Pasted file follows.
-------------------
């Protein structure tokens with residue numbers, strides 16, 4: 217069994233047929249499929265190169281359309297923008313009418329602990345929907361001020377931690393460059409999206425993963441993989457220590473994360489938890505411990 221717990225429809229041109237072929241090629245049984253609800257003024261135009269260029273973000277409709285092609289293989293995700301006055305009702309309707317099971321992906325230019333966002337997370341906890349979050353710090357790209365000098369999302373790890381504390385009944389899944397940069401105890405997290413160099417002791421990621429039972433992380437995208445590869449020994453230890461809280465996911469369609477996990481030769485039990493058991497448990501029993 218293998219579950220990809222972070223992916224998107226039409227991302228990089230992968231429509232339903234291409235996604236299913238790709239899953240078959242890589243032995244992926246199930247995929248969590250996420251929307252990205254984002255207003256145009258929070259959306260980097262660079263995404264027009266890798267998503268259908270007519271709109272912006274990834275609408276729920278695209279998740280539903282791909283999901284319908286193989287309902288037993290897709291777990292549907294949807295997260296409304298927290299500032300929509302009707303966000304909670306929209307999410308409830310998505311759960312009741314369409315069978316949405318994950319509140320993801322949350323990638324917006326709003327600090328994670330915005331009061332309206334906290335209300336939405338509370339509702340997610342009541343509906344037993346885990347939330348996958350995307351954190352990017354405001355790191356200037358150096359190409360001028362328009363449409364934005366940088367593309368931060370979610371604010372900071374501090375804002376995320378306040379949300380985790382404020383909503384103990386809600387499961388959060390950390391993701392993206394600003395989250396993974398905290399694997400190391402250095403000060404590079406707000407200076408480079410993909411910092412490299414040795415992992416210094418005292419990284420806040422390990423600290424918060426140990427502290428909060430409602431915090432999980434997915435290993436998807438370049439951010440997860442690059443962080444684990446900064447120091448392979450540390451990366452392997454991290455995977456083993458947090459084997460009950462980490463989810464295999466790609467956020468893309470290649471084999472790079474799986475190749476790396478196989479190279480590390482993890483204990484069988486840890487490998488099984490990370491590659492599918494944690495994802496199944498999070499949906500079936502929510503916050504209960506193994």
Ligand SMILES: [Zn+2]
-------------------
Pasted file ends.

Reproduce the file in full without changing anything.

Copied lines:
């Protein structure tokens with residue numbers, strides 16, 4: 217069994233047929249499929265190169281359309297923008313009418329602990345929907361001020377931690393460059409999206425993963441993989457220590473994360489938890505411990 221717990225429809229041109237072929241090629245049984253609800257003024261135009269260029273973000277409709285092609289293989293995700301006055305009702309309707317099971321992906325230019333966002337997370341906890349979050353710090357790209365000098369999302373790890381504390385009944389899944397940069401105890405997290413160099417002791421990621429039972433992380437995208445590869449020994453230890461809280465996911469369609477996990481030769485039990493058991497448990501029993 218293998219579950220990809222972070223992916224998107226039409227991302228990089230992968231429509232339903234291409235996604236299913238790709239899953240078959242890589243032995244992926246199930247995929248969590250996420251929307252990205254984002255207003256145009258929070259959306260980097262660079263995404264027009266890798267998503268259908270007519271709109272912006274990834275609408276729920278695209279998740280539903282791909283999901284319908286193989287309902288037993290897709291777990292549907294949807295997260296409304298927290299500032300929509302009707303966000304909670306929209307999410308409830310998505311759960312009741314369409315069978316949405318994950319509140320993801322949350323990638324917006326709003327600090328994670330915005331009061332309206334906290335209300336939405338509370339509702340997610342009541343509906344037993346885990347939330348996958350995307351954190352990017354405001355790191356200037358150096359190409360001028362328009363449409364934005366940088367593309368931060370979610371604010372900071374501090375804002376995320378306040379949300380985790382404020383909503384103990386809600387499961388959060390950390391993701392993206394600003395989250396993974398905290399694997400190391402250095403000060404590079406707000407200076408480079410993909411910092412490299414040795415992992416210094418005292419990284420806040422390990423600290424918060426140990427502290428909060430409602431915090432999980434997915435290993436998807438370049439951010440997860442690059443962080444684990446900064447120091448392979450540390451990366452392997454991290455995977456083993458947090459084997460009950462980490463989810464295999466790609467956020468893309470290649471084999472790079474799986475190749476790396478196989479190279480590390482993890483204990484069988486840890487490998488099984490990370491590659492599918494944690495994802496199944498999070499949906500079936502929510503916050504209960506193994």
Ligand SMILES: [Zn+2]